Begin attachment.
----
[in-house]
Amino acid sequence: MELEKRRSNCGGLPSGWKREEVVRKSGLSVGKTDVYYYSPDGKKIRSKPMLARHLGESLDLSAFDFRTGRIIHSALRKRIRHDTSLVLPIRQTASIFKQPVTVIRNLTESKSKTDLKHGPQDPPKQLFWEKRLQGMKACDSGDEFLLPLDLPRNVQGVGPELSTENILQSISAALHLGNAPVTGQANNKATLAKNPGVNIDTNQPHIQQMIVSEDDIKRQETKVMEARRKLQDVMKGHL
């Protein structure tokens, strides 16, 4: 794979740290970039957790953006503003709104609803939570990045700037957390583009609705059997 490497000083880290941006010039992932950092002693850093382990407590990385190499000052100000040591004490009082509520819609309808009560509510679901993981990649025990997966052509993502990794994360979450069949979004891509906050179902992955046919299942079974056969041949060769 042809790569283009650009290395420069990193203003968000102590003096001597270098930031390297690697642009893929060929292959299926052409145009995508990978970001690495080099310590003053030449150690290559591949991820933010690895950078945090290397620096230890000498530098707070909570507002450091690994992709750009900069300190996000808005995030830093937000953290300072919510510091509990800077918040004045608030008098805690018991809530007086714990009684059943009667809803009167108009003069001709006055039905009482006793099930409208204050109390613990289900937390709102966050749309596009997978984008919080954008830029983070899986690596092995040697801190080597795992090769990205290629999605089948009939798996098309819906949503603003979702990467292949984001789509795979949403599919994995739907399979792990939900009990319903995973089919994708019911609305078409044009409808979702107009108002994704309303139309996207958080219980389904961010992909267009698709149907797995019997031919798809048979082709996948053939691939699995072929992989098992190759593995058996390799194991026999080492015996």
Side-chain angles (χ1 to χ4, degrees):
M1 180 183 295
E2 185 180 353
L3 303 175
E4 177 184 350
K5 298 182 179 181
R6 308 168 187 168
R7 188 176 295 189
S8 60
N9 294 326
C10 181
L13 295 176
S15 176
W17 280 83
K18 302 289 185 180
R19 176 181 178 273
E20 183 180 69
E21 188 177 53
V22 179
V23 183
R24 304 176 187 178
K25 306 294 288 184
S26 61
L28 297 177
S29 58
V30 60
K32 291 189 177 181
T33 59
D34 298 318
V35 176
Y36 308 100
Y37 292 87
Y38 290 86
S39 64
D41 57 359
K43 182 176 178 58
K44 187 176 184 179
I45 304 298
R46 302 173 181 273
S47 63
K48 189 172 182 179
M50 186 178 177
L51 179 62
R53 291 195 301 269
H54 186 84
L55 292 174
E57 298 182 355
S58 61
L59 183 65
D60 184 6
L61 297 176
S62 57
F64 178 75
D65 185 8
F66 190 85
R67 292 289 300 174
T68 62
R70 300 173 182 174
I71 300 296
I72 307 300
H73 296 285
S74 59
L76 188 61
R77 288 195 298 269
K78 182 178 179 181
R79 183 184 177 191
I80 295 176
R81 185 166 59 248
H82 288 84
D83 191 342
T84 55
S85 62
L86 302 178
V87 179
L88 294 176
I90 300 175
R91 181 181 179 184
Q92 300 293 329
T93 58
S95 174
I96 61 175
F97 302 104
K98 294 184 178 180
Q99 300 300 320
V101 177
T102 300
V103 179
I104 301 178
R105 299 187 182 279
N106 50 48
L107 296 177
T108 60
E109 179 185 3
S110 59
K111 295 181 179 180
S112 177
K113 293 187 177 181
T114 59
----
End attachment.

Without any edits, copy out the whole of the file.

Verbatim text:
[in-house]
Amino acid sequence: MELEKRRSNCGGLPSGWKREEVVRKSGLSVGKTDVYYYSPDGKKIRSKPMLARHLGESLDLSAFDFRTGRIIHSALRKRIRHDTSLVLPIRQTASIFKQPVTVIRNLTESKSKTDLKHGPQDPPKQLFWEKRLQGMKACDSGDEFLLPLDLPRNVQGVGPELSTENILQSISAALHLGNAPVTGQANNKATLAKNPGVNIDTNQPHIQQMIVSEDDIKRQETKVMEARRKLQDVMKGHL
């Protein structure tokens, strides 16, 4: 794979740290970039957790953006503003709104609803939570990045700037957390583009609705059997 490497000083880290941006010039992932950092002693850093382990407590990385190499000052100000040591004490009082509520819609309808009560509510679901993981990649025990997966052509993502990794994360979450069949979004891509906050179902992955046919299942079974056969041949060769 042809790569283009650009290395420069990193203003968000102590003096001597270098930031390297690697642009893929060929292959299926052409145009995508990978970001690495080099310590003053030449150690290559591949991820933010690895950078945090290397620096230890000498530098707070909570507002450091690994992709750009900069300190996000808005995030830093937000953290300072919510510091509990800077918040004045608030008098805690018991809530007086714990009684059943009667809803009167108009003069001709006055039905009482006793099930409208204050109390613990289900937390709102966050749309596009997978984008919080954008830029983070899986690596092995040697801190080597795992090769990205290629999605089948009939798996098309819906949503603003979702990467292949984001789509795979949403599919994995739907399979792990939900009990319903995973089919994708019911609305078409044009409808979702107009108002994704309303139309996207958080219980389904961010992909267009698709149907797995019997031919798809048979082709996948053939691939699995072929992989098992190759593995058996390799194991026999080492015996």
Side-chain angles (χ1 to χ4, degrees):
M1 180 183 295
E2 185 180 353
L3 303 175
E4 177 184 350
K5 298 182 179 181
R6 308 168 187 168
R7 188 176 295 189
S8 60
N9 294 326
C10 181
L13 295 176
S15 176
W17 280 83
K18 302 289 185 180
R19 176 181 178 273
E20 183 180 69
E21 188 177 53
V22 179
V23 183
R24 304 176 187 178
K25 306 294 288 184
S26 61
L28 297 177
S29 58
V30 60
K32 291 189 177 181
T33 59
D34 298 318
V35 176
Y36 308 100
Y37 292 87
Y38 290 86
S39 64
D41 57 359
K43 182 176 178 58
K44 187 176 184 179
I45 304 298
R46 302 173 181 273
S47 63
K48 189 172 182 179
M50 186 178 177
L51 179 62
R53 291 195 301 269
H54 186 84
L55 292 174
E57 298 182 355
S58 61
L59 183 65
D60 184 6
L61 297 176
S62 57
F64 178 75
D65 185 8
F66 190 85
R67 292 289 300 174
T68 62
R70 300 173 182 174
I71 300 296
I72 307 300
H73 296 285
S74 59
L76 188 61
R77 288 195 298 269
K78 182 178 179 181
R79 183 184 177 191
I80 295 176
R81 185 166 59 248
H82 288 84
D83 191 342
T84 55
S85 62
L86 302 178
V87 179
L88 294 176
I90 300 175
R91 181 181 179 184
Q92 300 293 329
T93 58
S95 174
I96 61 175
F97 302 104
K98 294 184 178 180
Q99 300 300 320
V101 177
T102 300
V103 179
I104 301 178
R105 299 187 182 279
N106 50 48
L107 296 177
T108 60
E109 179 185 3
S110 59
K111 295 181 179 180
S112 177
K113 293 187 177 181
T114 59